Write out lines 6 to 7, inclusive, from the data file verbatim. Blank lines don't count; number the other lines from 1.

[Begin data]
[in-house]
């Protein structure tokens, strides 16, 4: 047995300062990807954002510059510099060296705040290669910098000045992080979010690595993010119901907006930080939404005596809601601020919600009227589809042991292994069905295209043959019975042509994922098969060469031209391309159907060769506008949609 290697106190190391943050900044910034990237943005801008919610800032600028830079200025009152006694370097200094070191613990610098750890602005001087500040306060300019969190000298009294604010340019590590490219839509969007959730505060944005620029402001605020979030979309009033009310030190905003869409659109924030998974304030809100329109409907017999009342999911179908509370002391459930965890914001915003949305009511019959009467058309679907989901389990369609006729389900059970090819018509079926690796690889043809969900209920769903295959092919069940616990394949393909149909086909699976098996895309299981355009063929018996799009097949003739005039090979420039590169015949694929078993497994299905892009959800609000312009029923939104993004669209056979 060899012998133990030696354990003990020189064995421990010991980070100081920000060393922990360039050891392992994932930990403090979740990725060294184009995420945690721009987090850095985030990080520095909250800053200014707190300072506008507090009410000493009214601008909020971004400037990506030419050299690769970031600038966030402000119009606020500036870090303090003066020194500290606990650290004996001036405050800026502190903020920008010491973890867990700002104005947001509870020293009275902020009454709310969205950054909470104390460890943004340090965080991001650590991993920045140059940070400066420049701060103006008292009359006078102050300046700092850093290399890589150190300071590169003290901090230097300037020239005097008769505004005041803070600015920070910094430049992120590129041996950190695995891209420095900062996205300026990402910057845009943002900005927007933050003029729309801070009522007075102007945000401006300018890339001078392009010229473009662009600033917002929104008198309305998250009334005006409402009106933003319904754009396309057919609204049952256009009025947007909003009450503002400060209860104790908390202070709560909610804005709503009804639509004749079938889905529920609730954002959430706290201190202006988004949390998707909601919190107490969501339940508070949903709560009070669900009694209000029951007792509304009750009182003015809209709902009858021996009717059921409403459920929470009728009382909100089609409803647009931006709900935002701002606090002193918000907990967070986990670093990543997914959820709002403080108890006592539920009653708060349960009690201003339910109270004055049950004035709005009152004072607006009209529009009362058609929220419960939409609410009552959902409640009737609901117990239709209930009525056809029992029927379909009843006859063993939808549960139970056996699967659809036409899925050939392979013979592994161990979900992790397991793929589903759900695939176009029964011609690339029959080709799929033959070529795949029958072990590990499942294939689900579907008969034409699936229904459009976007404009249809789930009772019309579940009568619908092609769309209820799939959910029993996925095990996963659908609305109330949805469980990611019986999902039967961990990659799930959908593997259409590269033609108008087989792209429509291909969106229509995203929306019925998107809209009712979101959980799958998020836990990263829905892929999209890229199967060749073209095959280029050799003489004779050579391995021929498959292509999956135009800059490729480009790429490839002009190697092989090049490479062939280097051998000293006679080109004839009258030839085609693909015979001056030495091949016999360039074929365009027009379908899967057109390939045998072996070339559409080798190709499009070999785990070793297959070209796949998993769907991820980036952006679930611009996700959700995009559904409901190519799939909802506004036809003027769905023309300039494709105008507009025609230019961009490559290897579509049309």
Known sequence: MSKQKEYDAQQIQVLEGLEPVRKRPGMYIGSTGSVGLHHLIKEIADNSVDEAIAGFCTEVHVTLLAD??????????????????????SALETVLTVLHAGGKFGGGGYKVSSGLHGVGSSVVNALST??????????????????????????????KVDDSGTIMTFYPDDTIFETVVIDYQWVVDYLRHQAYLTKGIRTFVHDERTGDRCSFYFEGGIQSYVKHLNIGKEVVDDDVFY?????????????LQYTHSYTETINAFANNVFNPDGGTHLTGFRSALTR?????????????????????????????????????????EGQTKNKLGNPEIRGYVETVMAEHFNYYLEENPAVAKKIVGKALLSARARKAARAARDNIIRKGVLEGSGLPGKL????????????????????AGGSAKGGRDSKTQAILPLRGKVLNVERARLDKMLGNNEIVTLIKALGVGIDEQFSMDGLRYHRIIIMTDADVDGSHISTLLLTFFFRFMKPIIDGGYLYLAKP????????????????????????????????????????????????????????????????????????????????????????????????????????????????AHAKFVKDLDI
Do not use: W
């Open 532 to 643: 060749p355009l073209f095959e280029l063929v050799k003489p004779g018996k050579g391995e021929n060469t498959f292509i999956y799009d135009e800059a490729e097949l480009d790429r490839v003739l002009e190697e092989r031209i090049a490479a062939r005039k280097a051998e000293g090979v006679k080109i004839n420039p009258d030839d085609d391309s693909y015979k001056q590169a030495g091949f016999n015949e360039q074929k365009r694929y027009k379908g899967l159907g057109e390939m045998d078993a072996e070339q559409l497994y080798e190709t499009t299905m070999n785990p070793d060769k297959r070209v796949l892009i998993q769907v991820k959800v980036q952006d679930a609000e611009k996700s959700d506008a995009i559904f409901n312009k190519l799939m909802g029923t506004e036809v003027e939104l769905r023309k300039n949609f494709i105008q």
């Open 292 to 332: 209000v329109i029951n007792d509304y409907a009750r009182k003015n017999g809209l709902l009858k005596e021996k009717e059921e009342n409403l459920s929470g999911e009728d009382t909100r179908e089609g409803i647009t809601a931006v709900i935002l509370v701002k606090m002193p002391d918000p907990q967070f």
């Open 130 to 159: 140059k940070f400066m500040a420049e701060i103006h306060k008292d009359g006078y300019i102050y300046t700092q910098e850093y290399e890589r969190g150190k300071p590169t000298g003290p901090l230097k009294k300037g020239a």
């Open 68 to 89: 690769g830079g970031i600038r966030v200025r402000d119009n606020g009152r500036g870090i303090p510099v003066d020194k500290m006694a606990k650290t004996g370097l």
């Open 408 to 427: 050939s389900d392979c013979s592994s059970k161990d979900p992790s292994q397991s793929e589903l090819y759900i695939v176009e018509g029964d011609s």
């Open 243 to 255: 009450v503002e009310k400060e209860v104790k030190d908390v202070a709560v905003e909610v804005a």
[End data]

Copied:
């Open 292 to 332: 209000v329109i029951n007792d509304y409907a009750r009182k003015n017999g809209l709902l009858k005596e021996k009717e059921e009342n409403l459920s929470g999911e009728d009382t909100r179908e089609g409803i647009t809601a931006v709900i935002l509370v701002k606090m002193p002391d918000p907990q967070f």
């Open 130 to 159: 140059k940070f400066m500040a420049e701060i103006h306060k008292d009359g006078y300019i102050y300046t700092q910098e850093y290399e890589r969190g150190k300071p590169t000298g003290p901090l230097k009294k300037g020239a």